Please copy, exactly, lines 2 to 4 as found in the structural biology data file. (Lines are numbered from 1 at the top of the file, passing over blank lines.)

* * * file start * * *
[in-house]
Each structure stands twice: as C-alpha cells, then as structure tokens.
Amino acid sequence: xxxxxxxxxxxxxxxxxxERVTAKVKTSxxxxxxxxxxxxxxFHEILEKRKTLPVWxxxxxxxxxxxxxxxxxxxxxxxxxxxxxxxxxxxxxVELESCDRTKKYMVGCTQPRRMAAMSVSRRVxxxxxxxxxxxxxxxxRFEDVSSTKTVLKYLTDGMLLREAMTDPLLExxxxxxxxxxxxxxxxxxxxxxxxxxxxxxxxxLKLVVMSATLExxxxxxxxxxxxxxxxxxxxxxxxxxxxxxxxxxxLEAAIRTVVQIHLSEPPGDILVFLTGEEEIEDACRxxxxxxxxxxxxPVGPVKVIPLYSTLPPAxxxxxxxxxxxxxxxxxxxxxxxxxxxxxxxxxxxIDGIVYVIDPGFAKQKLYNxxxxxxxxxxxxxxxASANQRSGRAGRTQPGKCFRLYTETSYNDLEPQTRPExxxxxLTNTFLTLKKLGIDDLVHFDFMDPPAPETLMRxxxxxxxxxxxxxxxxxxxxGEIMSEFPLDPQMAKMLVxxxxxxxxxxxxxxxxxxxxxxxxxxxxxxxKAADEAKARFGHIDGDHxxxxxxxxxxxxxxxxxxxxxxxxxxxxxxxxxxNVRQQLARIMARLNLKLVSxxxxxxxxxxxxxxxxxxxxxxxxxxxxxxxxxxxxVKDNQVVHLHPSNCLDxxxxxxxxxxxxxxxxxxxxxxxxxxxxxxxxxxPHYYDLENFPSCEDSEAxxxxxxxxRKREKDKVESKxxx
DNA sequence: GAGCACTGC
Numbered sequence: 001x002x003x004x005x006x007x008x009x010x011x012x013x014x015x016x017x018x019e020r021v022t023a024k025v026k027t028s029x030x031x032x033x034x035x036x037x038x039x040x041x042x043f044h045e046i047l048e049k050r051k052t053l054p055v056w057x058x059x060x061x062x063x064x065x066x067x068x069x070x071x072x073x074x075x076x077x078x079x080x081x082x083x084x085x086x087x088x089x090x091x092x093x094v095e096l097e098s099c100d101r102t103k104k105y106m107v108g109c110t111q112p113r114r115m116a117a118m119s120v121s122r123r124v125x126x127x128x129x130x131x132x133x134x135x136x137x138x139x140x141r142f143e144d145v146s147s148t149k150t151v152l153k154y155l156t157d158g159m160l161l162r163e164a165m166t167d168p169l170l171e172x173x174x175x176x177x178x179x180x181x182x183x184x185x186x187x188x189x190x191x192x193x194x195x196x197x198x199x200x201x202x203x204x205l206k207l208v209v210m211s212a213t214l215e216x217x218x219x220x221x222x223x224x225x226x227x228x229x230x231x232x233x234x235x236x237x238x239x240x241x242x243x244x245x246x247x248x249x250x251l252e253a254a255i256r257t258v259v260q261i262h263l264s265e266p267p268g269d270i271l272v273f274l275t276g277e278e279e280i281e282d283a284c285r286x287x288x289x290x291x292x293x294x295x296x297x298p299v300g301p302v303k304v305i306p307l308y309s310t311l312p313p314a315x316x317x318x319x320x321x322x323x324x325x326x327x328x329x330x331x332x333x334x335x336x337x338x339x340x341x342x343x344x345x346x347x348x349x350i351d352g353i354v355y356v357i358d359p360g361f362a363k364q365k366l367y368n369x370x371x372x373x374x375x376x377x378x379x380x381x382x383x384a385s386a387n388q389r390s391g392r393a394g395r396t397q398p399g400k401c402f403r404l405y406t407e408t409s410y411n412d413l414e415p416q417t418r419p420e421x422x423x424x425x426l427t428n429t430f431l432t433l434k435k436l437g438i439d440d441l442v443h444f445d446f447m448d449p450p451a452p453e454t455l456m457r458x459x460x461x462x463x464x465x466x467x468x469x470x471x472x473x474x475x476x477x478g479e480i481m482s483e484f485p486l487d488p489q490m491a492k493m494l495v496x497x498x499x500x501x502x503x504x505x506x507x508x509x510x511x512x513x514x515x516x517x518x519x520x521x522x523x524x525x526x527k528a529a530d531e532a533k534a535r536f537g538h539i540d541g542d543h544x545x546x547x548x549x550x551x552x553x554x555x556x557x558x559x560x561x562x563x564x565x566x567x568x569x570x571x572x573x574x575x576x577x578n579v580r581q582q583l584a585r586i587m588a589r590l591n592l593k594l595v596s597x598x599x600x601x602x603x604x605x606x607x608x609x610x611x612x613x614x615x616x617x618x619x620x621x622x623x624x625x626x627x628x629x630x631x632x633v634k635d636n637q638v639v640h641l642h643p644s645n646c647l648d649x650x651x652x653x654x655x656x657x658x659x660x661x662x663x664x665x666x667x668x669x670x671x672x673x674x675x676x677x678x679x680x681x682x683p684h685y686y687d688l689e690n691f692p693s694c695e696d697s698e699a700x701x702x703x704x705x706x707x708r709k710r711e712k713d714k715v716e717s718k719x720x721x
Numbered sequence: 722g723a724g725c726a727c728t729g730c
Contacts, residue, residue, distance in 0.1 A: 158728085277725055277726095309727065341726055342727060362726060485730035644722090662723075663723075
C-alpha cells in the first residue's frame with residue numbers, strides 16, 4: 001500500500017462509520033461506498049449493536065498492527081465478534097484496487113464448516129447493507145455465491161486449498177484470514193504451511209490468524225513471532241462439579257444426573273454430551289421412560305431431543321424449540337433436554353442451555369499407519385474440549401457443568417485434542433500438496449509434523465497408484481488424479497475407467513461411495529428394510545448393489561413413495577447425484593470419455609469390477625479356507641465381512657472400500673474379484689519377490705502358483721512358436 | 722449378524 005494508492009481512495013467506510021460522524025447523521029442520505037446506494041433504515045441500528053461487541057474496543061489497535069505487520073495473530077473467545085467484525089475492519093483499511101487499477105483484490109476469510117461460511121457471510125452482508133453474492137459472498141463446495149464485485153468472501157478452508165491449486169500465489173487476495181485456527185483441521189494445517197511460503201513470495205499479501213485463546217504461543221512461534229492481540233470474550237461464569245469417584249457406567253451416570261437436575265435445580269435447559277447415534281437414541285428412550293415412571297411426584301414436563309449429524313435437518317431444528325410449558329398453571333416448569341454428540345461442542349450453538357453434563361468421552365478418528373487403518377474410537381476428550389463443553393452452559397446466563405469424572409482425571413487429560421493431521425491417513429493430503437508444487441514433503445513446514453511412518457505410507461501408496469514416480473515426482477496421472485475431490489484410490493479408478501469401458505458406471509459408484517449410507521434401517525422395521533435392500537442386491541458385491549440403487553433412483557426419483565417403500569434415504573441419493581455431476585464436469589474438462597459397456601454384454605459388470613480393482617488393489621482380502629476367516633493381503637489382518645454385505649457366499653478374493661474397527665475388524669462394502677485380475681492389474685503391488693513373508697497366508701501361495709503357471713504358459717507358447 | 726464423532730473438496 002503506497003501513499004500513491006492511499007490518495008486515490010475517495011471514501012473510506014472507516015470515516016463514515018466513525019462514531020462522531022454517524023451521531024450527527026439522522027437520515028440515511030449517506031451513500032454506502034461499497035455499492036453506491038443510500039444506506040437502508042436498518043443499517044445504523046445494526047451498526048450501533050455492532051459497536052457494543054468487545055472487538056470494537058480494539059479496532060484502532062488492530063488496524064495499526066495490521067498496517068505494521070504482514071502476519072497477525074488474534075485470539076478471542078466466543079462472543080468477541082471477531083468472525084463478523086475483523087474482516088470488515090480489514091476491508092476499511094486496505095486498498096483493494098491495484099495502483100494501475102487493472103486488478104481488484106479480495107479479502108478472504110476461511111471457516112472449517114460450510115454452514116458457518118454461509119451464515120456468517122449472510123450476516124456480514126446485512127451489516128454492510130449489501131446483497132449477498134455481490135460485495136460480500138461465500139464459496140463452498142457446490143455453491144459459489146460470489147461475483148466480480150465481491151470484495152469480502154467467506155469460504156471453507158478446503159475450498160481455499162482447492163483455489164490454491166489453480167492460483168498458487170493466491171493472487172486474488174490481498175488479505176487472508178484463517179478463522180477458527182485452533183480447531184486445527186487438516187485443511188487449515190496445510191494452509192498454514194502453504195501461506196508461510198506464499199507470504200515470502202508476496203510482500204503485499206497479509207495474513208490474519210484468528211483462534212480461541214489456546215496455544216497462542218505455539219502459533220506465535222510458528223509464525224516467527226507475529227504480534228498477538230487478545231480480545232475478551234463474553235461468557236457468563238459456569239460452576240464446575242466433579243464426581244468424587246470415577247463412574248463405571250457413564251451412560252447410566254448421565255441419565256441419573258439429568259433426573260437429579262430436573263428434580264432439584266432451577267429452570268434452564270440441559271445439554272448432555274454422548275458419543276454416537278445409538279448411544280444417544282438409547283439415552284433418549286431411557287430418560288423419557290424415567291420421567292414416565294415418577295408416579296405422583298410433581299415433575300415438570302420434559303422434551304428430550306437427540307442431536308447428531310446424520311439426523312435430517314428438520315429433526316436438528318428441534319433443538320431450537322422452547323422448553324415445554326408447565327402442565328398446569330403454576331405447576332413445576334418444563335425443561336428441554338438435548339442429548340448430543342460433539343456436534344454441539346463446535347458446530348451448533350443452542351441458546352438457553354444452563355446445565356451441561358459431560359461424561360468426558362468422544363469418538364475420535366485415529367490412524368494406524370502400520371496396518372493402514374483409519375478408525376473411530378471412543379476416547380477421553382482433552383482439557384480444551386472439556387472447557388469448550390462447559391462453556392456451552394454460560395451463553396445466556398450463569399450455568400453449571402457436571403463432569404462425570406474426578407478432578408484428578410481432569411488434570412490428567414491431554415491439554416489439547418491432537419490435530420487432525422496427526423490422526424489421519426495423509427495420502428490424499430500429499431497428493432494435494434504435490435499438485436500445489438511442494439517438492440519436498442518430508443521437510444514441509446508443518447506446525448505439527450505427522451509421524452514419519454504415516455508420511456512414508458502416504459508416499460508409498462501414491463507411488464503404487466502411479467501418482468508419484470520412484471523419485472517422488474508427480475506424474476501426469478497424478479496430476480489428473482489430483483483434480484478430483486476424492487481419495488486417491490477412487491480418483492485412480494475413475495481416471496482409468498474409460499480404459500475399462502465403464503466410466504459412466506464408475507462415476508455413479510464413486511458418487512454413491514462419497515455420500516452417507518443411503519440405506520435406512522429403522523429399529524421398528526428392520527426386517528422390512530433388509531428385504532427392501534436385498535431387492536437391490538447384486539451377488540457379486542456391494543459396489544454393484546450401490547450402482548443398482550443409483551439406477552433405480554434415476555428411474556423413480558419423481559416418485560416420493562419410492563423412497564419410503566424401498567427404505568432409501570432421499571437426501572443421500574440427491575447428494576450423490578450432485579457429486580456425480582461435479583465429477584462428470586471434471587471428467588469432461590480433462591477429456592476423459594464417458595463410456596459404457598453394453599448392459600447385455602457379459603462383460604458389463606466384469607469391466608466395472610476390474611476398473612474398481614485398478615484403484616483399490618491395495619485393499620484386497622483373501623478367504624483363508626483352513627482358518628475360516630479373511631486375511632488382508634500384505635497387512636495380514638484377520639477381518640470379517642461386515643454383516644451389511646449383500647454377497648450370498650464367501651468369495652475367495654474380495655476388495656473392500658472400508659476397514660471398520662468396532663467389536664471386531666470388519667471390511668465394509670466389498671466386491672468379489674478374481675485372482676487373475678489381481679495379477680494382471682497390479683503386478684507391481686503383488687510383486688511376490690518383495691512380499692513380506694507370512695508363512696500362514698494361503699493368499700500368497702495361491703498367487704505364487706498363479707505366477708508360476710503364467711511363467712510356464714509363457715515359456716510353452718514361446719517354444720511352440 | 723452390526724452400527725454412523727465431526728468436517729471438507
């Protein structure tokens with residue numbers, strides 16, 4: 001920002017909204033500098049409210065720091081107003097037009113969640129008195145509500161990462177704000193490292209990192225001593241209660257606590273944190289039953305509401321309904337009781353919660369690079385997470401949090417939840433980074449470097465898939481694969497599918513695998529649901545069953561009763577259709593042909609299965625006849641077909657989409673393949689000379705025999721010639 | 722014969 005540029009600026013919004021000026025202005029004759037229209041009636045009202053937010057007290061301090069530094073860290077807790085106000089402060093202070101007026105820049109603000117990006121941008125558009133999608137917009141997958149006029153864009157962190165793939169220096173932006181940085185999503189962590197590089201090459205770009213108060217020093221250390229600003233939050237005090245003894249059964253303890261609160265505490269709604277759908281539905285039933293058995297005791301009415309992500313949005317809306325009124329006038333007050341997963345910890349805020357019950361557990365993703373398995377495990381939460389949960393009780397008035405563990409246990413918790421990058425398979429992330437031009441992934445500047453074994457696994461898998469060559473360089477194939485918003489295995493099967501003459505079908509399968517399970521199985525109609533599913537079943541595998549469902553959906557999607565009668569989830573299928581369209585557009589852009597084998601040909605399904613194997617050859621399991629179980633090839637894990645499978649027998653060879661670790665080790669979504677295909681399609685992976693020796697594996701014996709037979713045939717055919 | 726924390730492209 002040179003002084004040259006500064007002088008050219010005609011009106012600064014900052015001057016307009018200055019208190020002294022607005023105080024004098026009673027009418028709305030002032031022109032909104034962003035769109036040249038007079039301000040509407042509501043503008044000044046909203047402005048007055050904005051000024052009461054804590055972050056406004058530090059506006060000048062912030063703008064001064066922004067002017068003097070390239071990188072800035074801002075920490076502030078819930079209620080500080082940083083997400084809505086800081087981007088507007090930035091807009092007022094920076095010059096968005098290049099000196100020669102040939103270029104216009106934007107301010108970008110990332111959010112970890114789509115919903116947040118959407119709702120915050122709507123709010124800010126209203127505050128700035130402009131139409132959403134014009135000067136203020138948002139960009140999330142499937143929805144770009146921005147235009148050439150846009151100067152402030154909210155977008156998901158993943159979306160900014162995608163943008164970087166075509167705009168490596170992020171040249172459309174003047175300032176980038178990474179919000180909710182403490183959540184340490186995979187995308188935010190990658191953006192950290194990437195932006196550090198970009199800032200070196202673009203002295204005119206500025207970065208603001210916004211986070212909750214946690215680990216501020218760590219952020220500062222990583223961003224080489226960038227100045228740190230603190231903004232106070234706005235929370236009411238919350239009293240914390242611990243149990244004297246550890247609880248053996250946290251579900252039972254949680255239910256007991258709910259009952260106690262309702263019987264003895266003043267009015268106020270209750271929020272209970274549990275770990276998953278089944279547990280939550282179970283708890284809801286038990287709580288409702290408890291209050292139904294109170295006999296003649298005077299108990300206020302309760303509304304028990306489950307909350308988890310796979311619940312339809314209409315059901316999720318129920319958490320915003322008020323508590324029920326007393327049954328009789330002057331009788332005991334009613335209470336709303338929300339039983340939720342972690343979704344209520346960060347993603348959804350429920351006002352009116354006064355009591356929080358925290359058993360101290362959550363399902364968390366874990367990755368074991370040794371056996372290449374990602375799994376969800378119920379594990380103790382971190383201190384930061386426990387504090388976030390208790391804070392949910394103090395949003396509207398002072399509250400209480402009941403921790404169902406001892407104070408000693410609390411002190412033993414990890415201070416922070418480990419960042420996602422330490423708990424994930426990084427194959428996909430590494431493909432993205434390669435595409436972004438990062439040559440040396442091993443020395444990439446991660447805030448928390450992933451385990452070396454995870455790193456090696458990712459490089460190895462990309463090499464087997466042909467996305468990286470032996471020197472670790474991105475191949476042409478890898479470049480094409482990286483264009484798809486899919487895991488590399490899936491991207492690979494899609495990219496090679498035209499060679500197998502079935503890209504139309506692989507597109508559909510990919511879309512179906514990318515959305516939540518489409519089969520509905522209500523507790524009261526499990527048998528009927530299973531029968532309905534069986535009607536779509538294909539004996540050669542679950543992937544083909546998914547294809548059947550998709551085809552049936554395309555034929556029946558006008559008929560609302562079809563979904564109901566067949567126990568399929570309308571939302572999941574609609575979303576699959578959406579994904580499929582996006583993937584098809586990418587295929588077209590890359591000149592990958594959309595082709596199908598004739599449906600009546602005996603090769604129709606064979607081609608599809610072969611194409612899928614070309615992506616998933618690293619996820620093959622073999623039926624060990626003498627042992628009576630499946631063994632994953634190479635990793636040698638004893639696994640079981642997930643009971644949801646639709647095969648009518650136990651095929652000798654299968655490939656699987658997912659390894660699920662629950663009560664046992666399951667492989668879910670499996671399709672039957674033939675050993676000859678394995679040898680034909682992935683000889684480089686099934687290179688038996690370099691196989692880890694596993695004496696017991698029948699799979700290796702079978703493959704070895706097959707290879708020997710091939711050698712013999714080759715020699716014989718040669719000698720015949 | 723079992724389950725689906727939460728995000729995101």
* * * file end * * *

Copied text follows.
Each structure stands twice: as C-alpha cells, then as structure tokens.
Amino acid sequence: xxxxxxxxxxxxxxxxxxERVTAKVKTSxxxxxxxxxxxxxxFHEILEKRKTLPVWxxxxxxxxxxxxxxxxxxxxxxxxxxxxxxxxxxxxxVELESCDRTKKYMVGCTQPRRMAAMSVSRRVxxxxxxxxxxxxxxxxRFEDVSSTKTVLKYLTDGMLLREAMTDPLLExxxxxxxxxxxxxxxxxxxxxxxxxxxxxxxxxLKLVVMSATLExxxxxxxxxxxxxxxxxxxxxxxxxxxxxxxxxxxLEAAIRTVVQIHLSEPPGDILVFLTGEEEIEDACRxxxxxxxxxxxxPVGPVKVIPLYSTLPPAxxxxxxxxxxxxxxxxxxxxxxxxxxxxxxxxxxxIDGIVYVIDPGFAKQKLYNxxxxxxxxxxxxxxxASANQRSGRAGRTQPGKCFRLYTETSYNDLEPQTRPExxxxxLTNTFLTLKKLGIDDLVHFDFMDPPAPETLMRxxxxxxxxxxxxxxxxxxxxGEIMSEFPLDPQMAKMLVxxxxxxxxxxxxxxxxxxxxxxxxxxxxxxxKAADEAKARFGHIDGDHxxxxxxxxxxxxxxxxxxxxxxxxxxxxxxxxxxNVRQQLARIMARLNLKLVSxxxxxxxxxxxxxxxxxxxxxxxxxxxxxxxxxxxxVKDNQVVHLHPSNCLDxxxxxxxxxxxxxxxxxxxxxxxxxxxxxxxxxxPHYYDLENFPSCEDSEAxxxxxxxxRKREKDKVESKxxx
DNA sequence: GAGCACTGC